Honors and Dark Stores and Roads, Oh My! 2015 Busy Year for League Legislative Staff

Dark Stores, speed limits, League honors and roads were just of the many issues and accomplishments involving the Michigan Municipal League in 2015.

Having Governor Snyder sign a long-term road funding package in November following the defeat of Proposal 1 back in May was certainly one of the top news stories out of Lansing this year. But there were many other noteworthy accomplishments in 2015 by the Michigan Municipal League’s advocacy staff in Lansing and Washington D.C.

Like in Michigan, Transportation funding was a hot topic in D.C. in 2015. A major long-term package, called the FAST Act, was signed into law by President Obama earlier this month. Of course, the major national issue in 2016 will be the President election and the League is an active supporter of the Cities Lead 2016 platform led by the National League of Cities.

Back in Michigan, 2015 ended with a flurry of activity in the state Legislature as lawmakers took on numerous bills in the final session days of the year. Click on these links below for details about some of the recent activity:

Other legislation positively impacting our municipalities include bills allowing for training reciprocity to out-of-state firefighters; cleaning up the personal property tax (PPT) implementation process; establishing the March Presidential Primary as the election date for local ballot questions; extending the Commercial Rehabilitation Act; expanding recreation authorities; clarifying rental inspections; and changing portions of the Mobile Home Commission Act. Some of these bills have been signed into law and others continue to move through the process.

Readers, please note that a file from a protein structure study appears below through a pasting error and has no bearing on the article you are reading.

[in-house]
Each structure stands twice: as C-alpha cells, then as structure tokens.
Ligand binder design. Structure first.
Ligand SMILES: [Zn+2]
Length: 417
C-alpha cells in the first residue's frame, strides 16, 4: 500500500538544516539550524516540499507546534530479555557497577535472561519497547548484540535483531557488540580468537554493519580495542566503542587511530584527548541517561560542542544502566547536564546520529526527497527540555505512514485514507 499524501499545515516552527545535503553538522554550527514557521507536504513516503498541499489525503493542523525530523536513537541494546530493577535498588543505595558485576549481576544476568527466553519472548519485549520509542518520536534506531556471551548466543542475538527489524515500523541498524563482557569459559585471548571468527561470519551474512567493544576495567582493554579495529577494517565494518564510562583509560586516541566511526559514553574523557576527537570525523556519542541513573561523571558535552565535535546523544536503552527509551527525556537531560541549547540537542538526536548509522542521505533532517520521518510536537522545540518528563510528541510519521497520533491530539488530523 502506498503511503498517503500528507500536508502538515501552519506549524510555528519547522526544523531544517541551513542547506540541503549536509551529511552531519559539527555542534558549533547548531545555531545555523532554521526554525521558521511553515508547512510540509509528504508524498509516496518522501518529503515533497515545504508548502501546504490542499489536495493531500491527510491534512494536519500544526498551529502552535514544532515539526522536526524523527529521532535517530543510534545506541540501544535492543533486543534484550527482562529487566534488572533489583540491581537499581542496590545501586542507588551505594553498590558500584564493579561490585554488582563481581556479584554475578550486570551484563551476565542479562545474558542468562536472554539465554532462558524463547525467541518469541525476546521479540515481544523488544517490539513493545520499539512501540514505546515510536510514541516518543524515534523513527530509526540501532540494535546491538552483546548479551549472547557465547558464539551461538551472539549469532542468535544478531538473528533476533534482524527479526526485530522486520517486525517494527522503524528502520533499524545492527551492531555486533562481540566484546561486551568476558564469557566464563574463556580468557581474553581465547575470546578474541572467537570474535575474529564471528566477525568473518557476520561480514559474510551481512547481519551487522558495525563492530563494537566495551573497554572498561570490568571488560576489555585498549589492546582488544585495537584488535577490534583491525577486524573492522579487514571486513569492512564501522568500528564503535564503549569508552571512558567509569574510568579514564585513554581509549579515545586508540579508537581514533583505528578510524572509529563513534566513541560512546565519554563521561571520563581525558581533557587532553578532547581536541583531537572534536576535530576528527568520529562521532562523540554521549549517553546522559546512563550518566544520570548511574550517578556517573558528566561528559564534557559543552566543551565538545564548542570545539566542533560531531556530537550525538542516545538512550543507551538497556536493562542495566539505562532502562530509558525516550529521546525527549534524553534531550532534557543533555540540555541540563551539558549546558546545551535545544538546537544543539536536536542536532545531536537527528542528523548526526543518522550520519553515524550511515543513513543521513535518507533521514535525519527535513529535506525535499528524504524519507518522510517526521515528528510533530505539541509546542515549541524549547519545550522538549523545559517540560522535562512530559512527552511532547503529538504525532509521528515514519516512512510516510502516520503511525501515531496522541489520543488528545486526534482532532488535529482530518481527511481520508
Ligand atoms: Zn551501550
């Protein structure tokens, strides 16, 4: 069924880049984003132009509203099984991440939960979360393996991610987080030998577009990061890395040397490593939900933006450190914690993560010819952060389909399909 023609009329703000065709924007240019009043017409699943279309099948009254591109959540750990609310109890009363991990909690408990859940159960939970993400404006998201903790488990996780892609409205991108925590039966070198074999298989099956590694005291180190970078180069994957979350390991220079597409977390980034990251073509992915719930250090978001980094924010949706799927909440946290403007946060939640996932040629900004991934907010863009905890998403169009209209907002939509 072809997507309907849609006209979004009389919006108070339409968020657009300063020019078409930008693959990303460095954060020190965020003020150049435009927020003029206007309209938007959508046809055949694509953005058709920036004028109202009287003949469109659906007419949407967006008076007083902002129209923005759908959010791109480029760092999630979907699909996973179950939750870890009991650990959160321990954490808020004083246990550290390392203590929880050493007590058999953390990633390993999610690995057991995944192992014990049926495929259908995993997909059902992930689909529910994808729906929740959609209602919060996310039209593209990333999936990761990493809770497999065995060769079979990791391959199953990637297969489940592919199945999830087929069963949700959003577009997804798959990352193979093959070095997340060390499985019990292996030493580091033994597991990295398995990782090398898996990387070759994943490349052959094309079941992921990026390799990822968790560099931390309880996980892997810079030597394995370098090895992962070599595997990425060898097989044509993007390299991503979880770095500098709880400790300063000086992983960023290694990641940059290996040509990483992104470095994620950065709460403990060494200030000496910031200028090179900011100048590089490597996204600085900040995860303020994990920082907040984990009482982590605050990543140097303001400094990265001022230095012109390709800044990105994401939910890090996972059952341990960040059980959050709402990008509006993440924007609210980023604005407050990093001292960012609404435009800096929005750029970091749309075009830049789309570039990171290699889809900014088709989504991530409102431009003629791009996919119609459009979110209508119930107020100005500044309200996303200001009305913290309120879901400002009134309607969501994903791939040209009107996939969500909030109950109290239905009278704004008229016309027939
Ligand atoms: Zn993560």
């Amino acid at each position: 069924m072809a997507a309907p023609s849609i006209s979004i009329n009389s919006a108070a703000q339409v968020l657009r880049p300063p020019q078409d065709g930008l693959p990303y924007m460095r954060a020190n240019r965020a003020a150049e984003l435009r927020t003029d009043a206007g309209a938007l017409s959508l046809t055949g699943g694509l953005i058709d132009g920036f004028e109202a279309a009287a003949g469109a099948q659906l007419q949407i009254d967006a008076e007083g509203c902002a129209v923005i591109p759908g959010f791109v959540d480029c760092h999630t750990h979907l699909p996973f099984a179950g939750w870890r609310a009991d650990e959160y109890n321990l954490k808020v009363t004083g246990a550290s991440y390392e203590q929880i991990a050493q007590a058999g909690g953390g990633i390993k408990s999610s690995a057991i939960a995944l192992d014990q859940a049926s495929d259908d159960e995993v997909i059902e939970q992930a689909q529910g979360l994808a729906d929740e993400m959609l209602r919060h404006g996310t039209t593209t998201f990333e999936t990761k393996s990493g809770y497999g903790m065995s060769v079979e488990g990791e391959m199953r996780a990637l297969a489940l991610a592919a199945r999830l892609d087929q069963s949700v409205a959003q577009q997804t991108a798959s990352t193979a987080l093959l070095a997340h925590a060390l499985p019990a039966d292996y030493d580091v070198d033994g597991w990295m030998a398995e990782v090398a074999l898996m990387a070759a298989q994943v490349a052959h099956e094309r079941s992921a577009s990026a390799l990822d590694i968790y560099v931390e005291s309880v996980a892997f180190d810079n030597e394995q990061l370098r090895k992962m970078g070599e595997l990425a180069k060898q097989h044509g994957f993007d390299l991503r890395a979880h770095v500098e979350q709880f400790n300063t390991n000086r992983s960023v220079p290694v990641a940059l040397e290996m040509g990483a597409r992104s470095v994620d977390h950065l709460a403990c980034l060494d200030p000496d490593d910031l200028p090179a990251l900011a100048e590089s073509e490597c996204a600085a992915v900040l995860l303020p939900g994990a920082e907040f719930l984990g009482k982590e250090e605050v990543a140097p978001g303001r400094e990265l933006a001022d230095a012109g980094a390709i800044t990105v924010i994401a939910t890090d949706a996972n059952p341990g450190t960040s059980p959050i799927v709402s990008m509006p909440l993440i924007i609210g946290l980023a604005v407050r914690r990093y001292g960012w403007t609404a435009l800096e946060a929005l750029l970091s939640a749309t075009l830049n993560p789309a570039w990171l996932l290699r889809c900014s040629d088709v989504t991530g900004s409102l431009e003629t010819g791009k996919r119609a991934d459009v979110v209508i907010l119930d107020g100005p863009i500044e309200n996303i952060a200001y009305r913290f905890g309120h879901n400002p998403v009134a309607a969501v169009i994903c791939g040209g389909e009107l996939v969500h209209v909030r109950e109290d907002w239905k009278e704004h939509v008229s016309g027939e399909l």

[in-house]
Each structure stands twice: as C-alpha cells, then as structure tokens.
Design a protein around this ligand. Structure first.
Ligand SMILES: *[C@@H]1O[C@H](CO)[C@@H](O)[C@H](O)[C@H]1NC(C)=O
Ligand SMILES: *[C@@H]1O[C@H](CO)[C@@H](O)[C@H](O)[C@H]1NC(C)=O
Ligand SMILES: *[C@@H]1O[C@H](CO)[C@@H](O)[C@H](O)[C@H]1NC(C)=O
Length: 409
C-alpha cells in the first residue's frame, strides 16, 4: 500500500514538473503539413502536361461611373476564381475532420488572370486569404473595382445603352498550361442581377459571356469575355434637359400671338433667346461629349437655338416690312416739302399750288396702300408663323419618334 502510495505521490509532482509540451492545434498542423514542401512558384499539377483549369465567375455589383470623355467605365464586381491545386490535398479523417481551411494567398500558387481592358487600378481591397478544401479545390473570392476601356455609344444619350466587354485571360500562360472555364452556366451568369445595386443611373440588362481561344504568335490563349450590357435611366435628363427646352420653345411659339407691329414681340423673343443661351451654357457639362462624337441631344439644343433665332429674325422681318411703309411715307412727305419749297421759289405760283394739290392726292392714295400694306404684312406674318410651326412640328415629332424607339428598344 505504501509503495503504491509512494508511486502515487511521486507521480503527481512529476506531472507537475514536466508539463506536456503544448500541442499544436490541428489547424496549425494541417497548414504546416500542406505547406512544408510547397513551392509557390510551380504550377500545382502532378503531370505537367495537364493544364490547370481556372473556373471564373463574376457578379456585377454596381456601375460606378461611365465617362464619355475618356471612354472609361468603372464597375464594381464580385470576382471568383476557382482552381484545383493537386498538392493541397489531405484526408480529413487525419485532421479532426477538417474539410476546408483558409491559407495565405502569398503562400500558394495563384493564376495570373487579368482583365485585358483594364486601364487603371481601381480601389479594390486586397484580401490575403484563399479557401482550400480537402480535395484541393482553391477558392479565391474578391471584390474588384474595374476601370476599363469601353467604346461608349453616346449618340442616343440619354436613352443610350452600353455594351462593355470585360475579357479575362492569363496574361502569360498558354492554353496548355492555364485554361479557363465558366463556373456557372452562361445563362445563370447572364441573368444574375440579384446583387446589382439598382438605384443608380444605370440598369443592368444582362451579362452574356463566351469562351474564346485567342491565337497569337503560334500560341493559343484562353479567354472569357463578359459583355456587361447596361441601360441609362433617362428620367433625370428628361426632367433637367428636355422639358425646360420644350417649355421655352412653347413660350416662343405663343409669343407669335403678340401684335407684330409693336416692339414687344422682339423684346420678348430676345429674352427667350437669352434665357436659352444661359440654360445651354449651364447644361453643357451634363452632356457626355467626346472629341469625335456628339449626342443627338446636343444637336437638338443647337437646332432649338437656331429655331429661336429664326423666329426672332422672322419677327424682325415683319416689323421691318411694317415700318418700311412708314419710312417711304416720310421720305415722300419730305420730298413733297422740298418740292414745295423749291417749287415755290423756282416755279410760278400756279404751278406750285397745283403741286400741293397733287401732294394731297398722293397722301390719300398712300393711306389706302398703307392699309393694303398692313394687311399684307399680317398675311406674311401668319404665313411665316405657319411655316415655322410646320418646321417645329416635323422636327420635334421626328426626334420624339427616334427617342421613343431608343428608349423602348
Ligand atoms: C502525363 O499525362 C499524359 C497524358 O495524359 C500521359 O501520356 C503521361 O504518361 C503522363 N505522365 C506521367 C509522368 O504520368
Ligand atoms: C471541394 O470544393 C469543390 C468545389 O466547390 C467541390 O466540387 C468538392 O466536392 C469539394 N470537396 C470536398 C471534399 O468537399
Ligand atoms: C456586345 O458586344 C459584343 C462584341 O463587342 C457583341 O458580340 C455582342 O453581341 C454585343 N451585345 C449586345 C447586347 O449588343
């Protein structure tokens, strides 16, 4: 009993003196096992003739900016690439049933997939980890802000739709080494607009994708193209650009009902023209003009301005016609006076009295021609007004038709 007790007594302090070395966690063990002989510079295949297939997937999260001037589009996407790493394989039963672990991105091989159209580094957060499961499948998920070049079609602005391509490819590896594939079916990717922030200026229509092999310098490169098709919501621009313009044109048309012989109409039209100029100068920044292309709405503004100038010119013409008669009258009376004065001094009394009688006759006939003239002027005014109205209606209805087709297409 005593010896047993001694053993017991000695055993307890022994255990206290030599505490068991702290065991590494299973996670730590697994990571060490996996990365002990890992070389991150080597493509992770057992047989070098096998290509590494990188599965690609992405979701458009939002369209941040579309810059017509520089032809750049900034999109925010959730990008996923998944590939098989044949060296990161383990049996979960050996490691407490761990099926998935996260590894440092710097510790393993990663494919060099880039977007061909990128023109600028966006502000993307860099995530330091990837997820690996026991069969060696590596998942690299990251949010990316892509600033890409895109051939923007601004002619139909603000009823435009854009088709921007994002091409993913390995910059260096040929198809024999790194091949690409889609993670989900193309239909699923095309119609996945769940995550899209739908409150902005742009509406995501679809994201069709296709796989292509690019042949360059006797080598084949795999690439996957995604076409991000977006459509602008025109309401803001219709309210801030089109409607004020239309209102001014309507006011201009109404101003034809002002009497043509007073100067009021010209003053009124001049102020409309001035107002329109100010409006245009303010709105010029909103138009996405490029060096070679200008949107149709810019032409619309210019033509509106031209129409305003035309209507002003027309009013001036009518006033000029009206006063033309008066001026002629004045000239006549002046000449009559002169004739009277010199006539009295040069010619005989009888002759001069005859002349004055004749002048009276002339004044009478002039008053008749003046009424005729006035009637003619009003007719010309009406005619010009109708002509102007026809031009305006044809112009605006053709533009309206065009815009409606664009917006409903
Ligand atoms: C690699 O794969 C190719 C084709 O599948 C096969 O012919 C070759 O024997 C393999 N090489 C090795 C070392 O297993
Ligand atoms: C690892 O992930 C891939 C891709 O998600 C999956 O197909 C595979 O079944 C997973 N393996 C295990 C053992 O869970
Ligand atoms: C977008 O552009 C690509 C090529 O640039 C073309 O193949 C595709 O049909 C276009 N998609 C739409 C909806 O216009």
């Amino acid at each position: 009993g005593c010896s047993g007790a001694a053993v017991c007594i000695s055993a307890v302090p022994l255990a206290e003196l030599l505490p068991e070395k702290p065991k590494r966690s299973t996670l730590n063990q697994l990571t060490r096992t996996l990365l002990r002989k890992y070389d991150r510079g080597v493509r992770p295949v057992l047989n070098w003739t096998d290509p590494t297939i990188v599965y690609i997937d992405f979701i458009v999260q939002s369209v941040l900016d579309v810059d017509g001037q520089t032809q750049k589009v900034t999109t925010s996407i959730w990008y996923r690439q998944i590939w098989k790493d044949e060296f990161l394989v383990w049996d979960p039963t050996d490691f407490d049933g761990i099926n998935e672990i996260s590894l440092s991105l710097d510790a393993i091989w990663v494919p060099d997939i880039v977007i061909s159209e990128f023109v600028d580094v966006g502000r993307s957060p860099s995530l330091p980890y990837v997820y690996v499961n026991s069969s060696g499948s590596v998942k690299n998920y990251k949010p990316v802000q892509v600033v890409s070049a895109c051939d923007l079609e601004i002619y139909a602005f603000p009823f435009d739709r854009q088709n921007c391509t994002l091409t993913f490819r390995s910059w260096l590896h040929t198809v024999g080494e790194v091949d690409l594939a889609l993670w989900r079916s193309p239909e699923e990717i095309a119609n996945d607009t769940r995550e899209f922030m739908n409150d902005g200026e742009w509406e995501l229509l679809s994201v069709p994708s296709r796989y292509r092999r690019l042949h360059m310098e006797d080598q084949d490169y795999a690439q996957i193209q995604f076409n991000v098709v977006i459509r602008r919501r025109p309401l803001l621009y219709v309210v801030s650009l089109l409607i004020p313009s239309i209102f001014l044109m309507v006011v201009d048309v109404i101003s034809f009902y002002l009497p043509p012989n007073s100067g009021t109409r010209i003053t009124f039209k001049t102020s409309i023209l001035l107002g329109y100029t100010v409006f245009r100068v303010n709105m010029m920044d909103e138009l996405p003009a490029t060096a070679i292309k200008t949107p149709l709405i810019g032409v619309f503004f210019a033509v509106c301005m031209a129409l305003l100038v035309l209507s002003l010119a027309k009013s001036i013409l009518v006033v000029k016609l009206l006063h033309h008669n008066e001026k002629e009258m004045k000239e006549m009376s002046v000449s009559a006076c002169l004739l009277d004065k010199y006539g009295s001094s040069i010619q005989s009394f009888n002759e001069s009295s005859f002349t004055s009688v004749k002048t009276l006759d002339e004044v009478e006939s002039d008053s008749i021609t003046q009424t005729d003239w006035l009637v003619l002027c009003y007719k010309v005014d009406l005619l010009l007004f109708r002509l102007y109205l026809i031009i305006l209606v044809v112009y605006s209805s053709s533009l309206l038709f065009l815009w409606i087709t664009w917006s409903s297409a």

There also are numerous other issues in which the League was very engaged 2015 and will continue to be into 2016 , including the Dark Stores Big Box property tax loophole; local speed limits; and a shift in broadband relocation costs to communities. View the League’s newly created web page dedicated to the Dark Stores issue.

In addition, throughout 2015 the League has been extremely active behind the scenes informing lawmakers about the state’s broken municipal finance system and the need for change. Stay tuned for more on this major initiative in 2016.

The final week of session for the Legislature wrapped up Thursday, Dec. 17. Read more on what happened and for all the latest legislative news be sure to frequently visit the League’s Inside 208 blog here.

Posted by Matt Bach on behalf of the League’s advocacy team.

Commercial Rehab Act Sunset Extension Signed By Governor

This week SB 556, a bill to extend the sunset of the Commercial Rehabilitation Act from December of this year to 2020, was signed by Governor Snyder! This act has been used in communities across the state to assist in eradicating blight and putting properties back to productive use.

Thank you to Sen. Horn for being such a great advocate on this issue and keeping a valuable local tool that assists our communities in blight control and economic development.

Nikki Brown is a legislative associate for the League handling economic development, land use and municipal services issues.  She can be reached at nbrown@mml.org or 517-908-0305.

City Income Tax Communities Oppose Senate Changes